Later, when I learned Amrit Yoga Nidra, I found even deeper stores of energy waiting to shine their presence and healing power on areas that were dark and numb and unresponsive.

Gradually, during those years, as I moved awareness around the body, I began to experience the neuropathy lifting and, at any point in time, could notice something (I can’t really say what in words, but I feel it) that would send intense shock waves through the body, enlivening cells, loosening constriction, and lifting pressure. I learned how to “micro-dose” these waves of electrical impulses and this practice has been a significant part of my healing, particularly with the neuropathy in my left side of my face.

So, it is of little surprise, now that I think about it, that as soon as my body felt sensations of numbing, it moved into automaticity mode and neutralized whatever effects the local anesthetics were supposed to have.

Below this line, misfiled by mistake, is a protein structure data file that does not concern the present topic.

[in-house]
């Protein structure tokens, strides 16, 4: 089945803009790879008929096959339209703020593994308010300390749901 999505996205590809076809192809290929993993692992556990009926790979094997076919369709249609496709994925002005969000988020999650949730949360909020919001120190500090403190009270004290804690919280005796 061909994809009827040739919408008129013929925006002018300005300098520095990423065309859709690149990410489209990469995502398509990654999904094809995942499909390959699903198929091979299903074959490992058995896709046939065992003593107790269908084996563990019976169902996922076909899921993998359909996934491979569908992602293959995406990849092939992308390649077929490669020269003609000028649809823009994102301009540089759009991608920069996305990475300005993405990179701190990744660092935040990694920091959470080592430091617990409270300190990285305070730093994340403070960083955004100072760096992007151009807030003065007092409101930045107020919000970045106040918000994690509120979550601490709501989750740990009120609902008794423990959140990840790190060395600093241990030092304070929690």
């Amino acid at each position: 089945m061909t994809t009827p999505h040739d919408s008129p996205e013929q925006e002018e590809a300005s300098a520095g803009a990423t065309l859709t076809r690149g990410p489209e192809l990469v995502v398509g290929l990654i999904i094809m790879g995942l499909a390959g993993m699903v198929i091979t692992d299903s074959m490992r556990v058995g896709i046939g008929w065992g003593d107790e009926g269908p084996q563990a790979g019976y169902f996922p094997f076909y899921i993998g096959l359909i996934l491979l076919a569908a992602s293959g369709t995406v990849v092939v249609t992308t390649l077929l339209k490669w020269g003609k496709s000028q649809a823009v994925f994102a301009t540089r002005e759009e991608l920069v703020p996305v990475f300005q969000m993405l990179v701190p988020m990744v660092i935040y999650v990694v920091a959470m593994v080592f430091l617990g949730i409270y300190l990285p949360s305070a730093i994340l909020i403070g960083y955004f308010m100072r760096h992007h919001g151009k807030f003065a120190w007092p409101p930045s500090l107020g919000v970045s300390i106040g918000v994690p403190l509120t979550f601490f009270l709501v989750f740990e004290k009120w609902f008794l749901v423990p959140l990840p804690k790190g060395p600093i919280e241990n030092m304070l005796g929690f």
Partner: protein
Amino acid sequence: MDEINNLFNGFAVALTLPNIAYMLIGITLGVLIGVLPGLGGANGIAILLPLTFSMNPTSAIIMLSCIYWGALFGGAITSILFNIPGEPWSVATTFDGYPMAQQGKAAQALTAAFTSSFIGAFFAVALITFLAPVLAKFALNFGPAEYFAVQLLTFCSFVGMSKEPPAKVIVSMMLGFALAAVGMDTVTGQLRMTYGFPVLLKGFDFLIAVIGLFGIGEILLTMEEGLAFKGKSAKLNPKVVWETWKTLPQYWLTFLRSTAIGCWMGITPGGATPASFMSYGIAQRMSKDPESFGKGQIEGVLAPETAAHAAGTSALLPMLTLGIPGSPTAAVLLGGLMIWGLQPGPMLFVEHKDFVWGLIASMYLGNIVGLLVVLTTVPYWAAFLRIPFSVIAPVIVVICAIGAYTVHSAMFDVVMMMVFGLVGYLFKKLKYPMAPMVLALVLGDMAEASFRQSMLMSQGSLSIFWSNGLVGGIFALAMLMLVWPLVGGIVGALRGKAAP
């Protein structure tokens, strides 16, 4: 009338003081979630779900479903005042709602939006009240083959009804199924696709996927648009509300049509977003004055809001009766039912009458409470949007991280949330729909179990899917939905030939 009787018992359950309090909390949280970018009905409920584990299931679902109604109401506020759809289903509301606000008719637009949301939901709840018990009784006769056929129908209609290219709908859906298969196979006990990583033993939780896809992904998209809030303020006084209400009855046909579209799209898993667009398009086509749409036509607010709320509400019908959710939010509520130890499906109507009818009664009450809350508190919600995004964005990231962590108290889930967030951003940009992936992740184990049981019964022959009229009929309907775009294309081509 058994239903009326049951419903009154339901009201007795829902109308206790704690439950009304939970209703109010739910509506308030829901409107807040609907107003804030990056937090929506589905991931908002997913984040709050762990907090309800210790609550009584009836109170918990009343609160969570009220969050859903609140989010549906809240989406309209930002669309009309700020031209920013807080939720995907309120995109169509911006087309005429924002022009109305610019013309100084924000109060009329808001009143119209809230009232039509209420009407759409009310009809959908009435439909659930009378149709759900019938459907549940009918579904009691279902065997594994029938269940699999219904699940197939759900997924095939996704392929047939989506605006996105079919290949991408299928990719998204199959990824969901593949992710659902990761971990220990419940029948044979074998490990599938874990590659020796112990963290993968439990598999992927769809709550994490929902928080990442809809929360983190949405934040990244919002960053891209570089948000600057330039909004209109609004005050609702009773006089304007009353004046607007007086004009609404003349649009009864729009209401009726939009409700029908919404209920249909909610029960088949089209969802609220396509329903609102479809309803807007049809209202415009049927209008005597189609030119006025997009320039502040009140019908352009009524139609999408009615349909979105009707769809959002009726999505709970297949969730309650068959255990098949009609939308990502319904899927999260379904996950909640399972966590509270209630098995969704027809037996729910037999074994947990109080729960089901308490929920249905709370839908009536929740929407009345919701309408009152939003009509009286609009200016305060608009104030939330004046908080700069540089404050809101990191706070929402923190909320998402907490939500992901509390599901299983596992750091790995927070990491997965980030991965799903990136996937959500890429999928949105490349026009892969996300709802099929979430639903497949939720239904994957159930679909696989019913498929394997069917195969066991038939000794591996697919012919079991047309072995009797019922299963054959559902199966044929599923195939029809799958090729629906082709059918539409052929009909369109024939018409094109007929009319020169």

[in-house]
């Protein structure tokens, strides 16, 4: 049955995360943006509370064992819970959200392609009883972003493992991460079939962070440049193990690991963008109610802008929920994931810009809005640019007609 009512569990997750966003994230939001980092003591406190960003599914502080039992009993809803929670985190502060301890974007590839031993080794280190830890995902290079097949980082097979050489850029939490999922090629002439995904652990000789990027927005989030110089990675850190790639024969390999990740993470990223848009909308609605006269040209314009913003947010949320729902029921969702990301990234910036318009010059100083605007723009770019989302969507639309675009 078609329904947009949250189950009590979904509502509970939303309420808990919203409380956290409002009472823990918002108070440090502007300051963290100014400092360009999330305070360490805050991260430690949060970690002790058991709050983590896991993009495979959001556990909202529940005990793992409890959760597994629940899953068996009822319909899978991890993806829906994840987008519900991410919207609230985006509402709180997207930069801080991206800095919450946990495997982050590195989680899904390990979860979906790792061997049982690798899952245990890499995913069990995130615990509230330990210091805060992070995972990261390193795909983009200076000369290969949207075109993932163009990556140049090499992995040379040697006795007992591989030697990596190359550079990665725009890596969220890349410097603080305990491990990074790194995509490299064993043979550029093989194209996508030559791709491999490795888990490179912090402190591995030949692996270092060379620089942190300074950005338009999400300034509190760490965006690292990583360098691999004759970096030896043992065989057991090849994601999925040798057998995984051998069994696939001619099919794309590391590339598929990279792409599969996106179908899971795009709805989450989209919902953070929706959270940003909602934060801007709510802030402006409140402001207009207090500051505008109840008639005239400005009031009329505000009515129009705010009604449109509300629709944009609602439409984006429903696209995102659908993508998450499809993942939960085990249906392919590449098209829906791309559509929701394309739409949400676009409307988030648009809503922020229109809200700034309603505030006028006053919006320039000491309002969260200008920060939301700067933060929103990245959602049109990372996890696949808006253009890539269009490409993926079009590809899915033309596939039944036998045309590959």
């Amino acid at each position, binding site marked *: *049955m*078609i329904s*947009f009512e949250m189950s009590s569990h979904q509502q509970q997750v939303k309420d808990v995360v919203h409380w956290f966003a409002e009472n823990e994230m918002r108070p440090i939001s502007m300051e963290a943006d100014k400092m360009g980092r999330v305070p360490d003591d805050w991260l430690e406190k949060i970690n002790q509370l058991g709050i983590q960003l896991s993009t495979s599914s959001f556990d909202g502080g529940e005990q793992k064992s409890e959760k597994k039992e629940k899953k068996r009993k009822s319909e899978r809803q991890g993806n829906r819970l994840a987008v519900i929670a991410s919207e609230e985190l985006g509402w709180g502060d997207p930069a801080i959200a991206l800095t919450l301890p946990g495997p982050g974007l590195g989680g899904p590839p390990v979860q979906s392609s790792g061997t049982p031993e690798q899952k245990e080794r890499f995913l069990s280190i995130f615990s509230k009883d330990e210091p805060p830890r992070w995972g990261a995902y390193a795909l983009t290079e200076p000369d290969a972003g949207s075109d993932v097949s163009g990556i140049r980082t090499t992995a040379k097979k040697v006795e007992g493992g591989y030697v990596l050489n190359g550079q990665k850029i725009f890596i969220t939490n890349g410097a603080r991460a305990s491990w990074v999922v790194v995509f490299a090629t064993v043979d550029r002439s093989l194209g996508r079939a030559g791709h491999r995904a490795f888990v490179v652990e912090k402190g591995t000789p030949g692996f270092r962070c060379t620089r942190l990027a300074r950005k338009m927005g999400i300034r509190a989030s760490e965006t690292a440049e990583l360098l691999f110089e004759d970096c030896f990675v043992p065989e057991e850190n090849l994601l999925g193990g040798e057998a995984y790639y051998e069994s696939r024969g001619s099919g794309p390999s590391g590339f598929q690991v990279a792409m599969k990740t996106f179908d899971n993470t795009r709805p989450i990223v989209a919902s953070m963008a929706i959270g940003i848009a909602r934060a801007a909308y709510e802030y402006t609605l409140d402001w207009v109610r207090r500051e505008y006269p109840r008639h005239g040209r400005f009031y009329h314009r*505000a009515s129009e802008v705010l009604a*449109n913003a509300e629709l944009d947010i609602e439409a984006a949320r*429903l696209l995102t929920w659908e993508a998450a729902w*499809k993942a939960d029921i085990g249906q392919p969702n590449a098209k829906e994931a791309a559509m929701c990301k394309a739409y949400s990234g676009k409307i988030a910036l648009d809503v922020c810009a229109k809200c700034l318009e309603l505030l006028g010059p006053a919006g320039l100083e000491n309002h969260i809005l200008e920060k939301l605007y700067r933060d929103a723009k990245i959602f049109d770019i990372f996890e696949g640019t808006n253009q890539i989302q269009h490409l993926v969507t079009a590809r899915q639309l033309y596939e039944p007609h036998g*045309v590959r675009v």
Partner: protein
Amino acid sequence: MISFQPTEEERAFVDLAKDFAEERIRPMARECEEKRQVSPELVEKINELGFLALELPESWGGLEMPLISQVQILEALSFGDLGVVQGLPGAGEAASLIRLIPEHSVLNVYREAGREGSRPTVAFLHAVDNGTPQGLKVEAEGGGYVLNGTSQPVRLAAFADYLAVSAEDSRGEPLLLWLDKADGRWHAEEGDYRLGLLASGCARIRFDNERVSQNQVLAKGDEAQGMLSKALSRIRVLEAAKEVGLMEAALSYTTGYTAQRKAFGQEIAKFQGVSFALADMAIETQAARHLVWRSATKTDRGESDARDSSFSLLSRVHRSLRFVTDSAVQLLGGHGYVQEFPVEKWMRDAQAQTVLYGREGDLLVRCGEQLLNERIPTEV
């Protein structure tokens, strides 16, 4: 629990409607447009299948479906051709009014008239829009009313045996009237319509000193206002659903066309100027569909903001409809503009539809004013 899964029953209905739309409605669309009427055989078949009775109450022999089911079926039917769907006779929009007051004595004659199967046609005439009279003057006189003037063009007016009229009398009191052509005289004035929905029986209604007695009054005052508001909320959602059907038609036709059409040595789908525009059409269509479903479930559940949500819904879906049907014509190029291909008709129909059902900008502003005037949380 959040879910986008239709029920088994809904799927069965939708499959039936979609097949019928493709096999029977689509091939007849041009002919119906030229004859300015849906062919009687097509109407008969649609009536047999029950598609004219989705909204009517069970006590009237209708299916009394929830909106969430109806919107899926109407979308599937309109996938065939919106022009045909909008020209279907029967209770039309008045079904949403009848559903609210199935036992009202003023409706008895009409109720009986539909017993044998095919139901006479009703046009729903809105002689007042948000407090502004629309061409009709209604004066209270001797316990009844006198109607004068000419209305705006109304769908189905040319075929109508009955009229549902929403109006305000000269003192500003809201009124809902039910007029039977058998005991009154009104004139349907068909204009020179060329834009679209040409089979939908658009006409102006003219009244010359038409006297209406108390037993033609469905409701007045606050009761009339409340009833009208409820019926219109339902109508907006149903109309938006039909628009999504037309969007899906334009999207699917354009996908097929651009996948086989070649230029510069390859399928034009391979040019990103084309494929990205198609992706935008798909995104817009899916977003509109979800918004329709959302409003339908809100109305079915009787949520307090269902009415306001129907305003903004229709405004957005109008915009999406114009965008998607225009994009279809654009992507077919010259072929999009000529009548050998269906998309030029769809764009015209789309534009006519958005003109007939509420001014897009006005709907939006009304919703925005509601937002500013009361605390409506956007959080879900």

As the sensation of numbness met the electrical impulses of light, the chemicals felt like they were dispersed throughout the body and ultimately ended up in my gut. That was the felt sensation.

After the fourth round of anesthetics, the doctor and I began to talk about what was happening and I asked him to explain how the local anesthetics were designed to work. 

In addition to Yoga Nidra, I spent several years working with a very gifted neuropsychologist who is also an advanced practitioner of Eriksonian Hypnosis. 

For my migraines, I would have him walk me through the anatomy of the brain, inviting the areas of the brain to work optimally, visualizing, and allowing the creative unconscious to come up with solutions beyond the abilities of the thinking mind. 

Today, my sense was that if I knew what the physiological effects of the anesthetics were intended to be, I could work with my body to allow them, to relax into them, and to welcome the numbing.

I was blown away when the doctor explained how anesthetics like lidocaine work:  

“Local anesthetics, such as lidocaine, block nerve transmission to pain centers in the central nervous system by binding to and inhibiting the function of an ion channel in the cell membrane of nerve cells known as the sodium channel.”